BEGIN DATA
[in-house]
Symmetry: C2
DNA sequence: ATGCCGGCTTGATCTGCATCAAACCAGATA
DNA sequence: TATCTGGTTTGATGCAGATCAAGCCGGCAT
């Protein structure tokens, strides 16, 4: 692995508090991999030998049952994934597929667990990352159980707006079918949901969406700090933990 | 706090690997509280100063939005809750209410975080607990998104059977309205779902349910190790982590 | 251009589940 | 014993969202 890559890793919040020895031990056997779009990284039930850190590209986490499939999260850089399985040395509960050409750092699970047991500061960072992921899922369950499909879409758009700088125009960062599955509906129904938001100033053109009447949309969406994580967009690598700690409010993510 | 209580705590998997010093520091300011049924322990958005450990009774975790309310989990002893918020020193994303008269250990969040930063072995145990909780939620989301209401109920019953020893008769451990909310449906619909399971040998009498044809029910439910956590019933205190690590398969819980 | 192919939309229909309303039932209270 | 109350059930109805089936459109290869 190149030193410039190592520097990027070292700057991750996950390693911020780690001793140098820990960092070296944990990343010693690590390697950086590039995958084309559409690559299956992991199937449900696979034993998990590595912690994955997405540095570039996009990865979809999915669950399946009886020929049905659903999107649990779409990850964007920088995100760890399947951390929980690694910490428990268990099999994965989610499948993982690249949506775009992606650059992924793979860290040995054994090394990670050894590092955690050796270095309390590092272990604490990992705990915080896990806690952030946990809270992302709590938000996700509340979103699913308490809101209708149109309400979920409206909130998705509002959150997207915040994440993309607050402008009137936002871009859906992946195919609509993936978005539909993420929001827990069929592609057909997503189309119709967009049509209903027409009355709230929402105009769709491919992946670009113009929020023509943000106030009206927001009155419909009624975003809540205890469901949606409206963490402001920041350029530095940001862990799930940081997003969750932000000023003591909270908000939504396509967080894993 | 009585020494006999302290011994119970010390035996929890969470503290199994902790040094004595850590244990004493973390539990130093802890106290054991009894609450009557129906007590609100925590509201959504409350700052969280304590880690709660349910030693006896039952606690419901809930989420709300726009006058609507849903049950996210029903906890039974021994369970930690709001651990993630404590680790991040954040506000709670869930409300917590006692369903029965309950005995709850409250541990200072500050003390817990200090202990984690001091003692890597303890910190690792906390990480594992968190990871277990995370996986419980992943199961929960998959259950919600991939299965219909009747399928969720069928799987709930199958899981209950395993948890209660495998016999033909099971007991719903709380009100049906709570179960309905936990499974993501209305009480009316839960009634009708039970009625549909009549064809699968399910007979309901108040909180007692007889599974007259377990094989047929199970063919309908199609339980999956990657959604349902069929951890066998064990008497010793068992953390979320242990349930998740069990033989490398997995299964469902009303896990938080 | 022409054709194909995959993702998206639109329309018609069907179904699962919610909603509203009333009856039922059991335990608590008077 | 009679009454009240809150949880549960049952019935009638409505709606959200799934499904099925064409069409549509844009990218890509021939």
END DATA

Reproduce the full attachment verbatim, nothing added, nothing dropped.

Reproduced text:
[in-house]
Symmetry: C2
DNA sequence: ATGCCGGCTTGATCTGCATCAAACCAGATA
DNA sequence: TATCTGGTTTGATGCAGATCAAGCCGGCAT
């Protein structure tokens, strides 16, 4: 692995508090991999030998049952994934597929667990990352159980707006079918949901969406700090933990 | 706090690997509280100063939005809750209410975080607990998104059977309205779902349910190790982590 | 251009589940 | 014993969202 890559890793919040020895031990056997779009990284039930850190590209986490499939999260850089399985040395509960050409750092699970047991500061960072992921899922369950499909879409758009700088125009960062599955509906129904938001100033053109009447949309969406994580967009690598700690409010993510 | 209580705590998997010093520091300011049924322990958005450990009774975790309310989990002893918020020193994303008269250990969040930063072995145990909780939620989301209401109920019953020893008769451990909310449906619909399971040998009498044809029910439910956590019933205190690590398969819980 | 192919939309229909309303039932209270 | 109350059930109805089936459109290869 190149030193410039190592520097990027070292700057991750996950390693911020780690001793140098820990960092070296944990990343010693690590390697950086590039995958084309559409690559299956992991199937449900696979034993998990590595912690994955997405540095570039996009990865979809999915669950399946009886020929049905659903999107649990779409990850964007920088995100760890399947951390929980690694910490428990268990099999994965989610499948993982690249949506775009992606650059992924793979860290040995054994090394990670050894590092955690050796270095309390590092272990604490990992705990915080896990806690952030946990809270992302709590938000996700509340979103699913308490809101209708149109309400979920409206909130998705509002959150997207915040994440993309607050402008009137936002871009859906992946195919609509993936978005539909993420929001827990069929592609057909997503189309119709967009049509209903027409009355709230929402105009769709491919992946670009113009929020023509943000106030009206927001009155419909009624975003809540205890469901949606409206963490402001920041350029530095940001862990799930940081997003969750932000000023003591909270908000939504396509967080894993 | 009585020494006999302290011994119970010390035996929890969470503290199994902790040094004595850590244990004493973390539990130093802890106290054991009894609450009557129906007590609100925590509201959504409350700052969280304590880690709660349910030693006896039952606690419901809930989420709300726009006058609507849903049950996210029903906890039974021994369970930690709001651990993630404590680790991040954040506000709670869930409300917590006692369903029965309950005995709850409250541990200072500050003390817990200090202990984690001091003692890597303890910190690792906390990480594992968190990871277990995370996986419980992943199961929960998959259950919600991939299965219909009747399928969720069928799987709930199958899981209950395993948890209660495998016999033909099971007991719903709380009100049906709570179960309905936990499974993501209305009480009316839960009634009708039970009625549909009549064809699968399910007979309901108040909180007692007889599974007259377990094989047929199970063919309908199609339980999956990657959604349902069929951890066998064990008497010793068992953390979320242990349930998740069990033989490398997995299964469902009303896990938080 | 022409054709194909995959993702998206639109329309018609069907179904699962919610909603509203009333009856039922059991335990608590008077 | 009679009454009240809150949880549960049952019935009638409505709606959200799934499904099925064409069409549509844009990218890509021939």